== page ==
On August 29, as near as anyone can tell, six trees at the North Main Music Park lost their crochet art covering. It’s a mystery who removed the art or why.
“I don’t know why anyone would cut down art,” crochet artist Gina Gallina said. “We just drove by and the trees were naked. I thought I was hallucinating.”
The crochet art was originally created for the City of Eureka Springs for an Art of Crochet Festival in May 2016 at Basin Park. After they were displayed there, they were taken down and Gallina donated them to the North Main Music Park. She and others installed them at Thanksgiving 2016.
Gallina said perhaps someone didn’t like the crochet art. But they were very popular with visitors who could often be seen stopping to hug the trees or photograph them.
“Maybe they were nature lovers who thought the crochet was killing the trees,” Gallina speculates. “But they don’t hurt the trees. Crochet art is made from acrylic yarn that breathes. The color fades, but the yarn is not harmful.”
But if it was a nature lover, they didn’t know trees, as the trees are box elders, so common and weedy that most people consider them trash trees.
Did someone need a blanket? Gallina said that’s possible, but it would have been a lot of work to make a blanket out of the pieces. And from remnants left at the park, it looks like the thieves just carelessly tore them down.
“We think they just shredded them,” Gallina said. “It would have been hard to see the seams. I’m just curious to where they are. That is like carrying seven big afghans. They are bulky, and heavy as the dickens. The way they cut them down, it will be useless for them unless they do a lot of repairs.”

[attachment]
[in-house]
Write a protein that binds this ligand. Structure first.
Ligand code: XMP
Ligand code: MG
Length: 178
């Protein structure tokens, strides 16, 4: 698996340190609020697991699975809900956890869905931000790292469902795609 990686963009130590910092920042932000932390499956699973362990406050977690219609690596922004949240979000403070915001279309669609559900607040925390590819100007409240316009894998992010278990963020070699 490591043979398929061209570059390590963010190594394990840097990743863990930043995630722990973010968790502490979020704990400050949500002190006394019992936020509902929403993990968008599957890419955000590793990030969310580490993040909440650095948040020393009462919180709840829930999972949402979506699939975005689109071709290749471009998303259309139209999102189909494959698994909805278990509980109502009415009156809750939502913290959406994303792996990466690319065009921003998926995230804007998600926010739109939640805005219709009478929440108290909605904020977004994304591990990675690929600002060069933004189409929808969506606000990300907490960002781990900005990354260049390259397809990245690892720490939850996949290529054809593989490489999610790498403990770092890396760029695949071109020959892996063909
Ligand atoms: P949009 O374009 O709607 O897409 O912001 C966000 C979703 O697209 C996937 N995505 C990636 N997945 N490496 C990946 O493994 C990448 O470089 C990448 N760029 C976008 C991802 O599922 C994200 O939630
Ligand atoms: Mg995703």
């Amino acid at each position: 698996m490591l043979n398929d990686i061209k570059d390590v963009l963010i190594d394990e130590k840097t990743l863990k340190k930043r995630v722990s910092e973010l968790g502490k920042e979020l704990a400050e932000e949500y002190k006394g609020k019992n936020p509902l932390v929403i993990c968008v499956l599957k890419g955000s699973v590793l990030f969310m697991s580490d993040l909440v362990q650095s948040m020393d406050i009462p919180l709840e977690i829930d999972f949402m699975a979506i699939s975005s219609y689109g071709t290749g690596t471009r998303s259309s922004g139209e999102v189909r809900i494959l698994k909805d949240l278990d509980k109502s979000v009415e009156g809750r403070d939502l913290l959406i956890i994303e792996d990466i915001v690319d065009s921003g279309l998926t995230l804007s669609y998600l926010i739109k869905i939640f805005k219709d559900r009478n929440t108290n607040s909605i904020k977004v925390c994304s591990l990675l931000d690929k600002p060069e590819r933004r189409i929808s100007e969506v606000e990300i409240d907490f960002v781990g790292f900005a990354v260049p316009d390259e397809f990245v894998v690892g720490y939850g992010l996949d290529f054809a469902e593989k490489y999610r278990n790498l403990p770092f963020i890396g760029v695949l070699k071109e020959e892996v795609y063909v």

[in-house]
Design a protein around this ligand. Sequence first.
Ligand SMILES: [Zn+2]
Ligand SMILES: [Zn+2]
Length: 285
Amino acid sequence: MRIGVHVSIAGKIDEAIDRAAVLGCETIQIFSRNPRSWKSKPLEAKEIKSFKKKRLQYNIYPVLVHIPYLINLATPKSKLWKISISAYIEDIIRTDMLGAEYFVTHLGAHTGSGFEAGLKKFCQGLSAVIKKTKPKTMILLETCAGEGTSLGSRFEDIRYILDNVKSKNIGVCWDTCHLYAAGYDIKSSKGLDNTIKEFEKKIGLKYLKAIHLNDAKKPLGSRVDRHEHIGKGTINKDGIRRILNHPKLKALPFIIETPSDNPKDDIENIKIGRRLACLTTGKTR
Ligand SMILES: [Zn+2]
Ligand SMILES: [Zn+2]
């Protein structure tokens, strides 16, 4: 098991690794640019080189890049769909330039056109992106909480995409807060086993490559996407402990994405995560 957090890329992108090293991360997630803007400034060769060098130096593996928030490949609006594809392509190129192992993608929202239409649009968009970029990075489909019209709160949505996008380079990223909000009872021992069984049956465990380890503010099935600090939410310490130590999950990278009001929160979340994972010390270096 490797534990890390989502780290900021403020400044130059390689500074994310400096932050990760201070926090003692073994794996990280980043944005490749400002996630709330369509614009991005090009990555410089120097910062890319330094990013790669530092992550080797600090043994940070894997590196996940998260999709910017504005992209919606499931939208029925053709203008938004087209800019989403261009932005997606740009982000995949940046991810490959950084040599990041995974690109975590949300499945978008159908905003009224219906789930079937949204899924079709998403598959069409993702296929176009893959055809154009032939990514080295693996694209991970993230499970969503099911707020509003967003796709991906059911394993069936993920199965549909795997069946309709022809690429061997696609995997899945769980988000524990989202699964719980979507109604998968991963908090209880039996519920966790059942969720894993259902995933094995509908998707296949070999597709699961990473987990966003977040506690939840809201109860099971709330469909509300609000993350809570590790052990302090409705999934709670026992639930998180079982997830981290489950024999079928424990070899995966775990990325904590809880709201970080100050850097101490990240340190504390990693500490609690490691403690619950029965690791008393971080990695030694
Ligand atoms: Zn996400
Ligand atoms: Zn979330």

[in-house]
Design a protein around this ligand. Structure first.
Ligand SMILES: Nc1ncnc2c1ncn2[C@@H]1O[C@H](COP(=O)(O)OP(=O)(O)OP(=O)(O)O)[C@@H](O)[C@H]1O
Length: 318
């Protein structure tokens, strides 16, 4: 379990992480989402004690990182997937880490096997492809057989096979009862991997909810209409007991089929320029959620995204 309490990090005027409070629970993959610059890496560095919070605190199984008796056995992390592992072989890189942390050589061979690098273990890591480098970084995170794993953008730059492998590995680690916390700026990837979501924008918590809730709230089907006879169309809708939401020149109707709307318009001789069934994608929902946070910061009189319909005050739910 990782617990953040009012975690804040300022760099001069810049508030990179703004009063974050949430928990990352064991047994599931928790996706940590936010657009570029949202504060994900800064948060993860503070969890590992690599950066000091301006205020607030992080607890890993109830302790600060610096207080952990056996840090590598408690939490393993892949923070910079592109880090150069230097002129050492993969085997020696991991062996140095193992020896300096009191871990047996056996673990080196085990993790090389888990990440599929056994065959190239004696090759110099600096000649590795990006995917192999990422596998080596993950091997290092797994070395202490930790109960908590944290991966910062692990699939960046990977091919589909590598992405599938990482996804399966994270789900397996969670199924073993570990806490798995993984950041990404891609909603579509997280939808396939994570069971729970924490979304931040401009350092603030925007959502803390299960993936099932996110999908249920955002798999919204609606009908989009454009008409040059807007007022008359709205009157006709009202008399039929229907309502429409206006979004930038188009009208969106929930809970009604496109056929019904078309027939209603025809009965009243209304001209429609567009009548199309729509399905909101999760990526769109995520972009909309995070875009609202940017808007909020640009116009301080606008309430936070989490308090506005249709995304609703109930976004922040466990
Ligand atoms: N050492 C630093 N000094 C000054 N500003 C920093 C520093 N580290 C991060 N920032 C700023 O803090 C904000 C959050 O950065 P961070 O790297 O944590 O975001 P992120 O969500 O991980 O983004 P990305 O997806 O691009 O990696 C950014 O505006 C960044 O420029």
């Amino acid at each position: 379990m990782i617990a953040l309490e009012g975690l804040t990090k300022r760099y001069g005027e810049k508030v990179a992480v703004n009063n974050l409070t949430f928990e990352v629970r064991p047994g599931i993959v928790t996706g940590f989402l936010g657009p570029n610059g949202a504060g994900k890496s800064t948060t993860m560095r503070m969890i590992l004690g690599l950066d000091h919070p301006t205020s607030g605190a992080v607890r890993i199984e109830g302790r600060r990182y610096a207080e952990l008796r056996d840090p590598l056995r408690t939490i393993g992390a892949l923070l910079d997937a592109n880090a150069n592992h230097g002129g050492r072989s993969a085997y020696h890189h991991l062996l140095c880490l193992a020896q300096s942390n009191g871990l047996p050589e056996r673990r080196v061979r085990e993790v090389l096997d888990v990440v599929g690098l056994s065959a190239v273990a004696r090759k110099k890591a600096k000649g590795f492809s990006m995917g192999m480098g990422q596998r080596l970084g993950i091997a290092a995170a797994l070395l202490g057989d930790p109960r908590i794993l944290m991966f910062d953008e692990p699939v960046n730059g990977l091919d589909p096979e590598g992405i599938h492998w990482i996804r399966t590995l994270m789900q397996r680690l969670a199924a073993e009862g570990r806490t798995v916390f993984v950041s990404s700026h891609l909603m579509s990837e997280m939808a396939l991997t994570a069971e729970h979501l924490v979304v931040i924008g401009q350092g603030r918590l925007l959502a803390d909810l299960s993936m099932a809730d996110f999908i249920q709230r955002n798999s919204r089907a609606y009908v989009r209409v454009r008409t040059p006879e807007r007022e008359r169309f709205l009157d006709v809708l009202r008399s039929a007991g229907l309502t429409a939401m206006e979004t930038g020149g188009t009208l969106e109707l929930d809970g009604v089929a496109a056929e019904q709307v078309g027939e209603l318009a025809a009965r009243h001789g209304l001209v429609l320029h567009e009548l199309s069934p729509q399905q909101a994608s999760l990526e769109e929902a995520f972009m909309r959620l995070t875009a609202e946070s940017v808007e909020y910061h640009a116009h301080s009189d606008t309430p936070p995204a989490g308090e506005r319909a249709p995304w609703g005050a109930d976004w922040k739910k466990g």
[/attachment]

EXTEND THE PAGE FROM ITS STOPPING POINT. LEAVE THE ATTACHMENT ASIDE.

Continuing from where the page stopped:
Maybe it was just someone being disrespectful? They don’t like crochet art? Gallina said whoever removed the work could have made a statement another way if that was the case. She would have been willing to talk to anyone who didn’t like the crocheted trees.
Gallina asked the garbage collectors to keep out an eye for them, but nothing has shown up.
“Crochet makes people happy,” Gallina said. “It’s soft. It’s colorful. It’s fun. And it’s just having its time right now like it did in the sixties. Everything is temporary. It is likely a fad that will go away in time.”
One thing she is sure of – “Whoever did it is just mean. I just want to know where they are. Those took a lot of hours of work to make and were paid for with city money.”
When Gallina posted about the theft on Facebook, many people responded with disappointment about the artwork being gone. And a lot of crocheters wrote and said they would help recreate the artwork.
“This winter we will get together and crochet for the trees,” Gallina said. “I have some yarn to donate and others will donate. I’m thinking of crocheting little eyes to the trees like they are watching you. I think that would be a fun and a good reason to have a party.”
The Eureka Springs Police Department report valued the art at $300 for each tree, a total of $1,800.
The North Main Music Park has also seen vandalism of the outdoor musical instrument sculptures. A city spokesperson said that plans are being made to install security cameras at the park.